"I know what you're watching!"
My sister's text arrived as Lilly King smashed her way to a fabulous time at the United States Olympic Trials. Arguably the best meet in swimming - even, potentially, more tense and exciting than the Olympic Games - the U.S. Trials offer the best possible TV to a swimming geek like myself. I gasp and cheer like an unapologetic fan-girl next to my long-suffering kids and husband, who won't see the remote control for the next week.
Though I don't know the athletes personally, SwimLabs has hosted many of them (they film video for our Champions' Library - they don't take lessons!) and one of my Masters swimmers is a stroke-and-turn judge. A handful of swimmers grew up competing in Colorado and are familiar names to my kids, especially William who has competed against some of them in state. We search for familiar names and faces like our backyard chickadees hunting for sunflower seeds.
William alternately watches the races and plays games or snapchats on his phone. He's trying to manage personal dreams of records and victories as his high school squad prepares for league and state championships, delayed until late June because of pandemic scheduling. His 200 medley relay wants the state record (only .13 faster than their current time) and could take aim at the national high school record. Meanwhile, his legs still hurt from training and he worries about starts and turns, so the Trials offers both distraction and a chance to get nervous all over again.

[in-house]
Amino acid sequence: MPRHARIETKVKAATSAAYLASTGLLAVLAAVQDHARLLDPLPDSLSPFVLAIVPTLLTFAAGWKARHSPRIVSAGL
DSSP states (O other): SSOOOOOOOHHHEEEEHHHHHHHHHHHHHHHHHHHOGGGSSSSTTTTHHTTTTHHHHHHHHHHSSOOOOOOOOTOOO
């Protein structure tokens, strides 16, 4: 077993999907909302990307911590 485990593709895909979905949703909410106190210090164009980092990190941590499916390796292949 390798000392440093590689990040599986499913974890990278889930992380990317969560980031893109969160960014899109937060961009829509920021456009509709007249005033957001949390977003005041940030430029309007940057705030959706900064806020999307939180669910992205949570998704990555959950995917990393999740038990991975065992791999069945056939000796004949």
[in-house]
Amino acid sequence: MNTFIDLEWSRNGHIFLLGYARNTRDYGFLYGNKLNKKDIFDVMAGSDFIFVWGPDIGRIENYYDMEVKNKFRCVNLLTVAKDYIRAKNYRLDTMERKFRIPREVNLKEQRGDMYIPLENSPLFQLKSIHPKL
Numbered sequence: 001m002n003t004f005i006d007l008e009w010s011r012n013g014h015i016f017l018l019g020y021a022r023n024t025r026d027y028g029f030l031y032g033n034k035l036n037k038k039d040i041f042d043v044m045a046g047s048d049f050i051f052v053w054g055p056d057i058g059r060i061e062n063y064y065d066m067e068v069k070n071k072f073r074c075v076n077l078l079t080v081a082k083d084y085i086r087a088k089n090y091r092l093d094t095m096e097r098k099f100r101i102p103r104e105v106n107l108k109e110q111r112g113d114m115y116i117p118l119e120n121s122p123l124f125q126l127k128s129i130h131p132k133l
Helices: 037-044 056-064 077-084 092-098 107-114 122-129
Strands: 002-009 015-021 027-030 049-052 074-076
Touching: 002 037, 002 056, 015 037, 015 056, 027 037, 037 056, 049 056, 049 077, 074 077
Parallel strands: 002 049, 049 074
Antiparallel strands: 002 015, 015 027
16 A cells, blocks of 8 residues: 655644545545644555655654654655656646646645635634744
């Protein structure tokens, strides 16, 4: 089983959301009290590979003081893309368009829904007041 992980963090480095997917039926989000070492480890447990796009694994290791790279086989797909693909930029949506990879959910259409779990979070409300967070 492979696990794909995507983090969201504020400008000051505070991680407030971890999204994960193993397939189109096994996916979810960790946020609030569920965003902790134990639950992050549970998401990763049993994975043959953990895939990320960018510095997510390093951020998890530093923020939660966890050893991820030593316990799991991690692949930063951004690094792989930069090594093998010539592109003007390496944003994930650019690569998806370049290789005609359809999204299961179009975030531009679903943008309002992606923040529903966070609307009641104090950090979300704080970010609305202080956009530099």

I'm fully aware that swimming is not life-or-death, and that my children's swim times have no bearing on their future livelihood. In fact, it's the non-fatal attraction of sport that keeps me zoned in, the pleasant emotional upheaval of wins or losses instead of the existential crises of global warming and COVID.
We were supposed to be at these Trials - would have been at them if the pandemic hadn't moved events back a year - but the refund we received for our tickets helped to pay for a trip to Greensboro, North Carolina in July. Aden and I are going to compete in a Masters National event there, a meet that will be much slower than Trials but equally exciting for its participants. My friend from our record-setting 200 free relay (13-14 girls in New England) will be there, too, and I'm excited both for our reunion and the fact that she is in a younger age group than I am!
The sport of swimming consistently offers me a mental health break, a physical outlet, and an amazing community. When Aden and William are both at CU and I am bereft of their high school swim activities, I hope to join the coaching staff of a girls' high school team in this area. I love helping athletes grow in their love and knowledge of the sport and I love being a cheerleader on the sidelines. Being in person trumps standing and shouting at the TV, though at the moment, I am glad to have both.